Publishing costs

Research drives university income and status but what does it cost to produce the work that is published in books and papers that help with earning the grants and racing up the rankings? Good question which water scientist and data entrepreneur Nick Marsh decided to answer. Dr Marsh crunched the numbers on research for  publications and found that the average cost of each one in 2014 was $45 000. Unless, of course, it was published by a Monash U academic, the cost per publication there was $82 000.

Dr Marsh acknowledges his summary is, “superficial … it is not just total publications, but broader impact which incorporate the underlying quality and reputation of each journal that should count toward the university publication record.” CMM suspects that research offices will quickly find all sorts of evidence showing his methodology is wrong in their case, but not in those of their more expensive competitors. However in the land of the league table everybody is a critic and everybody is a reader.

Dr Marsh used the feds’ 2014 research income and total weighted publications data (which includes a factor of five weighting for books to distinguish the effort involved from journal articles and conference papers) to come up with a research input cost per publication. The University of Notre Dame is most cost effective, at $13k per publication, with Monash topping the table, followed by the universities of Melbourne, Queensland and WA at $80k per item. (Dr Marsh discounts the hugely expensive Charles Darwin U, suspecting a reporting error).

Among the research intensive Group of Eight, UniSydney and UNSW are most economic, at $64k. The Eight account for all the universities where a publication costs $60k plus, apart from the University of Tasmania, at $70k. The obvious explanation for this is that the more expensive the infrastructure the more expensive the publications – and as Dr Marsh acknowledges his exercise does not include impact. But this does not account for UniSyd and UNSW being so much more cost effective than their Victorian peers. Or why UTS produces publications for $7k less than RMIT.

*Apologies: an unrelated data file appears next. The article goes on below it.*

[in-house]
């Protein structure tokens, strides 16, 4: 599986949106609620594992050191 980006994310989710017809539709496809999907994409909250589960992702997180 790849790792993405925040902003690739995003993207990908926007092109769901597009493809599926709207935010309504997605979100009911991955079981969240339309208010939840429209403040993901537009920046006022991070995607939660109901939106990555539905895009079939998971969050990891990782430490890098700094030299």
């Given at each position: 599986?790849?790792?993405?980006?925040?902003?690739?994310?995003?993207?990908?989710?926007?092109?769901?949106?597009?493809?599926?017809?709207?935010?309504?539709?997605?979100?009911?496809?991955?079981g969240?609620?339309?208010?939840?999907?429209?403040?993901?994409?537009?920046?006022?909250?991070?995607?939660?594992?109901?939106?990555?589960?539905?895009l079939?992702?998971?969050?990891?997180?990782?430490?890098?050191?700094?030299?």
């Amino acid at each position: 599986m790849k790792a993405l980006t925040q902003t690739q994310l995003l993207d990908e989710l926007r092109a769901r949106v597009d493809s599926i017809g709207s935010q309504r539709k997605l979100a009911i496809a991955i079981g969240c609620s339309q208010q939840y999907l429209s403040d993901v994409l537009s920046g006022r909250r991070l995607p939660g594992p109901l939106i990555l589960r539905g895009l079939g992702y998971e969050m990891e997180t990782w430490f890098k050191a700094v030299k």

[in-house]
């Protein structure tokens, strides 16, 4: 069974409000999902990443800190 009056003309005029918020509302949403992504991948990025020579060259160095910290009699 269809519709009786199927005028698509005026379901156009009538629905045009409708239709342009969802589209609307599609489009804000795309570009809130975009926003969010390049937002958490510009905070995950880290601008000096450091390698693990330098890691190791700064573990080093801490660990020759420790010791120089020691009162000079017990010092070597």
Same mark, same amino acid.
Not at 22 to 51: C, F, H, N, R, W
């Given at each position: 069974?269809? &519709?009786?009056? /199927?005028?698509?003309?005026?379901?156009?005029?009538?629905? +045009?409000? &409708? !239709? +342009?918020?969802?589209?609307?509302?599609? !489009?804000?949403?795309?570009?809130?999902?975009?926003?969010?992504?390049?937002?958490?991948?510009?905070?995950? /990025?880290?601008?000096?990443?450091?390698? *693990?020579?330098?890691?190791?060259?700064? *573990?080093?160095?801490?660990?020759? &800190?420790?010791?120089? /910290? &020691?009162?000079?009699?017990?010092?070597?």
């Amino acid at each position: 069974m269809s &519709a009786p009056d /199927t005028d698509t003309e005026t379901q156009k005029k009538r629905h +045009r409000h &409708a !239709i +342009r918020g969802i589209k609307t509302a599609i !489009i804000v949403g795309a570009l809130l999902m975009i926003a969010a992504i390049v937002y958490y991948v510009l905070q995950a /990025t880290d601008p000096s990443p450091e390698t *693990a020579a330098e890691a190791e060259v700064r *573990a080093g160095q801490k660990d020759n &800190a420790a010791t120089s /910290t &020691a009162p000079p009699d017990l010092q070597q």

“My friends and colleagues in academia are not going to thank me for this post,Dr Marsh writes. Can’t fault the bloke for realism.

Price list

Dr Marsh’s list of research costs for each publication by institution is:

Notre Dame, $13,063, Charles Sturt $15,240, MCD Uni Divinity $16,732, Bond $18,644, Federation U $18,728, Western Sydney $19,564, CQU $21,637, Swinburne $22,551, Uni Canberra $23,766, USC $26,972, Deakin $27,823, VU  $28,837, Griffith $29,392, UTS $29,603, USQ $30,276, ACU $31,185, SCU $31,589, Macquarie $31,606, ECU $31,804, RMIT $36,606, Wollongong $37,285, Murdoch $39,482, UNE $40,883, UniSA $44,685, QUT $46,743, Flinders $46,819, La Trobe $47,843, Curtin $54,119, Newcastle $57,252, James Cook $59,505, UNSW $64,240, UniSydney $64,808, UTas $70,835, ANU $75,004,UniAdelaide $77,083, UWA $80,395, UofQ $80,563, UniMelbourne $80,572, Monash $82,406 Charles Darwin $139,276


Reynolds honoured

Professor Karen Reynolds from Flinders U has received Engineers Australia’s Dewhurst medal for biomedical engineering.

Simple solution

QUT hosts the final of the $325 000 Global Business Challenge today. Supported by UoQ, Griffith U and QUT, the challenge is for postgrads from “business and technical disciplines” to develop a practical solution to a real-world problem, improving the effectiveness and cost of healthcare for remote communities. The seven teams presenting are from the University of Melbourne, Memorial University (Newfoundland, Canada), Heinrich Heine U (Germany), QUT, the Indian Institute of Management (Bangalore) the University of Calgary and a multi-u English and Thai team.

Most of the proposals, here , strike CMM as expensive to build and over-engineered to deliver, some of them involve stethoscopes on the ground others tap into existing agencies. But the QUT team keeps it simple. Their prop is for an urine analysis app that allows analysis by remote clinicians using an aggregate set of patient data. “The solution will dramatically reduce the cost of condition testing as well as reducing avoidable hospital admissions via a self-service patient model.”


Saul Cunningham is the new director of the ANU’s Fenner School of Environment and Society. The biodiversity expert joins the university from CSIRO. He replaces Steve Dowers who is stepping down after two terms as school head.

Man from Mars lands at UniSA

Bruce McColl, recently retired as chief marketing officer at Mars (as in bars), has joined the Ehrenberg-Bass Institute at the University of South Australia as an industry professor. Apparently Mr McColl “will bring global industry experience into the classroom, as well as advising post-graduate research students.” Mars is a long-time supporter of the Ehrenberg-Bass methodology, which considers marketing a science with laws that apply to all brands.


Dolt of the day

Is CMM who referred yesterday to Tracy Winch when he meant Tracy Chalk, ex ANU now marketing head at the University of the West of Endgland. How did that happen, you ask? Stupidity CMM replies.